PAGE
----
<?xml version="1.0" encoding="UTF-8"?>
<!DOCTYPE html>
<html xmlns="http://www.w3.org/1999/xhtml">
<head>
    <title>Choose a document</title>
</head>
<body>
<h1>Choose a document to read from the list below</h1>
<hr/>
<ul>
<li>
    <a href="getLetterText.php?uri=1819-01-09-Elford.xml">Letter from Mary Russell Mitford to Sir William Elford, 1819 January 9</a>
</li>
<li>
    <a href="getLetterText.php?uri=1819-01-12_Elford.xml">Letter from Mary Russell Mitford to Sir William Elford, 1819 January 12</a>
</li>
<!-- more letters -->
</ul>
</body>
</html>

Each letter title is a link to our third PHP script, getLetterText.php, and passes a GET parameter called uri, which is the unique name of the XML file in the eXist database.

Page 3: Display a reading view of the selected letter

The third PHP script looks as follows:

<?xml version="1.0" encoding="UTF-8"?>
<!DOCTYPE html>
<html xmlns="http://www.w3.org/1999/xhtml">
<head>
    <title>Read a document</title>
</head>
<body>
<h1>Read a document</h1>
<hr/>
<?php
    require_once("config.php");
    $uri = htmlspecialchars($_GET["uri"]);
    $contents = REST_PATH . "/db/queries/letterText.xql?uri=$uri";
    $result = file_get_contents($contents);
    echo $result;
?>
</body>
</html>

It is identical in functionality to the second script, getLetterList.php, except that instead of passing a GET parameter called year with the year as a value, it passes a GET parameter called uri with a filename as a parameter. As with getLetterList.php, in a real production environment we would perform error trapping, such as checking the value of the uri parameter against a whitelist of all filenames in the database, so that we could return an informative error message in case of an erroneous value.

The getLetterList.php PHP script runs the letterText.xql query, which looks as follows:

xquery version "3.0";
declare default element namespace "http://www.tei-c.org/ns/1.0";
declare variable $uri := request:get-parameter("uri", "1819-05-30_Elford.xml");
declare variable $letterFileName := concat('/db/mitford/letters/',$uri);
let $letter := doc($letterFileName)/*
return transform:transform($letter, doc('/db/xslt/MitfordLetterTransformPHP.xsl'), ())

This query retrieves the uri GET parameter, using an existing filename as a default if no parameter value is supplied. In a real production environment we would trap erroneous or missing input and return an informative error message, instead of serving an arbitrary file. The script then finds the letter in question and performs an XSLT transformation (using the transform:transform() function) to convert it to an HTML fragment. The transformation does not return an entire HTML document because the PHP script is already providing the HTML superstructure; eXist returns only the HTML that needs to be inserted between the <body> tags created by the PHP. As above, we return that in no namespace because it will inherit the HTML namespace from the PHP wrapper before the results are returned to the user.

We don’t provide the XSLT here because it is long and of minimal illustrative value, since it is customized to the particular markup conventions of the Digital Mitford project, and it is available in our GitHub repo. The important details are that we return results in no namespace and we use:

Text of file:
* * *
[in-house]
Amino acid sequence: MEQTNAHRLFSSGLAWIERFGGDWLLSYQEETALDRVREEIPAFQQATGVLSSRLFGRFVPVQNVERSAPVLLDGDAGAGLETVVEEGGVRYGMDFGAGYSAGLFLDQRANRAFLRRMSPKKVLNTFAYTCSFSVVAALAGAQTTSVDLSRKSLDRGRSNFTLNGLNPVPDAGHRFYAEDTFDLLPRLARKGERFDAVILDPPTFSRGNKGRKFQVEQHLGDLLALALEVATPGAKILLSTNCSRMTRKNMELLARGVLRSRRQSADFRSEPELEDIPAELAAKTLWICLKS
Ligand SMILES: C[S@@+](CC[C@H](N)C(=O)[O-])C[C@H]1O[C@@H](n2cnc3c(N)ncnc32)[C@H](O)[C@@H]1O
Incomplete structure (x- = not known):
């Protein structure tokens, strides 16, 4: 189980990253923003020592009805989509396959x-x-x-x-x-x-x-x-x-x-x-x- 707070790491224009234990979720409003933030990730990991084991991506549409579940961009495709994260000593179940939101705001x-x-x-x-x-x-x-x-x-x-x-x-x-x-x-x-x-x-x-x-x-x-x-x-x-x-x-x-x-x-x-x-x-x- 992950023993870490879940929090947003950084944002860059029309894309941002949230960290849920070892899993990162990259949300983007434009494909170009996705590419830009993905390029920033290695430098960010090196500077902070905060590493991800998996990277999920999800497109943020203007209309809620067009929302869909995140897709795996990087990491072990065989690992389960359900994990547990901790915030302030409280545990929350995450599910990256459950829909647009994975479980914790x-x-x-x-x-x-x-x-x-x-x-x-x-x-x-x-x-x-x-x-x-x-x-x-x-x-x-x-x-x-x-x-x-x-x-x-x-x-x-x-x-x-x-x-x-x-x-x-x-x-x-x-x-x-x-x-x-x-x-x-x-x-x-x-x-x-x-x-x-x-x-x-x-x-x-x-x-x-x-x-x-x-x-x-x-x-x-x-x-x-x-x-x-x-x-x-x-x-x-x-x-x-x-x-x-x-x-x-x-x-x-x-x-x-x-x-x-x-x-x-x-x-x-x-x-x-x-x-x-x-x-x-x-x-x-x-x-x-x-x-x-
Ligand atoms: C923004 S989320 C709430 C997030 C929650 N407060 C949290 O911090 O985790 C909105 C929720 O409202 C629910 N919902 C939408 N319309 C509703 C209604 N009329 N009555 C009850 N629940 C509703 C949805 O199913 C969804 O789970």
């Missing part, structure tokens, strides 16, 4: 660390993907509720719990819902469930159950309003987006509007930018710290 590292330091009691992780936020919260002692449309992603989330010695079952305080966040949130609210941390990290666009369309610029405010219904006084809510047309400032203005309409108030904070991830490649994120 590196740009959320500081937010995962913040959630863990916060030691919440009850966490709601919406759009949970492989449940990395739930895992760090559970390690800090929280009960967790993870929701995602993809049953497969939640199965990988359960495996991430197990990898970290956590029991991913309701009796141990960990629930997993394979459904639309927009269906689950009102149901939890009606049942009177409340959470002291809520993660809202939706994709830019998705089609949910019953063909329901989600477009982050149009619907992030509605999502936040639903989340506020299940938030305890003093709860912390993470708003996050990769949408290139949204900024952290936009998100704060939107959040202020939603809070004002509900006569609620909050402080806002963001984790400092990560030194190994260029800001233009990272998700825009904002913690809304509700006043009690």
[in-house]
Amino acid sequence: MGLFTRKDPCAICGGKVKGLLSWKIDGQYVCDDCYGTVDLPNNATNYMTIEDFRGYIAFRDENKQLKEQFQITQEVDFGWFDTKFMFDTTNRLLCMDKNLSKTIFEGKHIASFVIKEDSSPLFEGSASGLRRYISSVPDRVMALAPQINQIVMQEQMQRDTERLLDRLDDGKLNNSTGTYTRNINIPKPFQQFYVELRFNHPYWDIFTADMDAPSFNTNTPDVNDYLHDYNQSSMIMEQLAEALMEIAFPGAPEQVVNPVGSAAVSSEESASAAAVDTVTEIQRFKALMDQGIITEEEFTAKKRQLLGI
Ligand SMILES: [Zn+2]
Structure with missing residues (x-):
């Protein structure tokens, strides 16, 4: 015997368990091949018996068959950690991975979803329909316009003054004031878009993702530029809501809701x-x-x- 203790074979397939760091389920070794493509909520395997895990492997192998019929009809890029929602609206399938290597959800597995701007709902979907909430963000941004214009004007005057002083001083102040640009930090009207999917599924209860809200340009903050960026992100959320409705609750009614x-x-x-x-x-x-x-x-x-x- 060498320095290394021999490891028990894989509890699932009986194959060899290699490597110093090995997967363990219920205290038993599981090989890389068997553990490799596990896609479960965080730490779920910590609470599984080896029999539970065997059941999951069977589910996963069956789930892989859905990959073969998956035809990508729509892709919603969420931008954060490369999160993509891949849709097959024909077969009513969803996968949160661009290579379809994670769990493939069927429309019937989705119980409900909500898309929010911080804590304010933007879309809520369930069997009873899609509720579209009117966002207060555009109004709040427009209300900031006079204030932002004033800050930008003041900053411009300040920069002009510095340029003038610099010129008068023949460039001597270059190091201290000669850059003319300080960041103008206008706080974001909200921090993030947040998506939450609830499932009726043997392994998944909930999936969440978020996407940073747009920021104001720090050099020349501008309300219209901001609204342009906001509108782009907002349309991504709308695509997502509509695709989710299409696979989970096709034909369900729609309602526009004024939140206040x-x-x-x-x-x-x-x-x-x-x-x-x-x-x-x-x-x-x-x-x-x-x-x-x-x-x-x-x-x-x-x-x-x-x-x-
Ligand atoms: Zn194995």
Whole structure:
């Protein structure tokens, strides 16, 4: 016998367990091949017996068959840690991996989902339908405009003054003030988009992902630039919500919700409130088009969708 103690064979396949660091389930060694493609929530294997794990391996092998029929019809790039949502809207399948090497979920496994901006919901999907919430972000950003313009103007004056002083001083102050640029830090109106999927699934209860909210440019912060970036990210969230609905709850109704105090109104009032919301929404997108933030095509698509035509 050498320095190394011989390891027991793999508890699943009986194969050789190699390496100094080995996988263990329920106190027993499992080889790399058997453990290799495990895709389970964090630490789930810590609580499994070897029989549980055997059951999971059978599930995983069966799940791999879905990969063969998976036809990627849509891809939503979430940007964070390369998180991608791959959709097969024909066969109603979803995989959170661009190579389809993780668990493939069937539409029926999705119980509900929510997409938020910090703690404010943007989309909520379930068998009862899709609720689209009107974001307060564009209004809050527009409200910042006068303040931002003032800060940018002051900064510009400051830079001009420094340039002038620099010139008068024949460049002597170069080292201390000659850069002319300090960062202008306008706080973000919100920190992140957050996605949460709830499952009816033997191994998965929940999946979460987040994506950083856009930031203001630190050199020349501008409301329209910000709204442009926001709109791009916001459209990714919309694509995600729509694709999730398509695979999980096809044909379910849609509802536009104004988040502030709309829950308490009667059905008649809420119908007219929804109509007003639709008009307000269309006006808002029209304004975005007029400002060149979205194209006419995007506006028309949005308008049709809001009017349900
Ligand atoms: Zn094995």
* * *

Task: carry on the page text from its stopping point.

<xsl:output method="xml" encoding="utf-8" indent="yes" omit-xml-declaration="yes"/>

to set the return method to xml and suppress the XML declaration.

POST queries

We generally prefer GET to POST in our own projects, but because GET strings can cause a URL to exceed the allowed limit (which varies by server and browser), some applications my need to use POST as a way of passing more information into eXist than would be possible with GET. Here is a sample POST query (from a different project, which runs a bibliographic query), based on the explanation at http://stackoverflow.com/questions/5647461/how-do-i-send-a-post-request-with-php

<!DOCTYPE html>
<html xmlns="http://www.w3.org/1999/xhtml">
    <head><title>Test</title></head>
    <h1>PHP test</h1>
    <form action="test1.php" method="post">
        <label for="target">Keyword:</label> <input name="target" type="text"/>
    </form>
</html>

When the user types in a keyword and hits the enter key, the system runs test1.php, passing a parameter called target with the value supplied by the user. The test1.php script looks as follows:

<html>
<head><title>Hi, Mom!</title></head>
<body>
<h1>Stuff</h1>
<?php
$target = htmlspecialchars($_POST['target']);
$url = 'http://localhost:8090/rest/db/repertorium/xquery/searchBibl.xql';
$data = array('type' => 'input', 'target' => $target);

// use key 'http' even if you send the request to https://...
$options = array(
    'http' => array(
        'header'  => "Content-type: application/x-www-form-urlencoded\r\n",
        'method'  => 'POST',
        'content' => http_build_query($data)
    )
);
$context  = stream_context_create($options);
$result = file_get_contents($url, false, $context);
if ($result === FALSE) { /* Handle error */ }

//var_dump($result);
echo $result;
?>
</body>
</html>

In a real production environment we would use config.php to set a REST_PATH variable, as above, and we would trap errors and return informative error messages. We’ve commented out the var_dump() function, which we used for development and debugging. More information about HTTP request parameters is available at the StackOverflow posting from which we copied this code.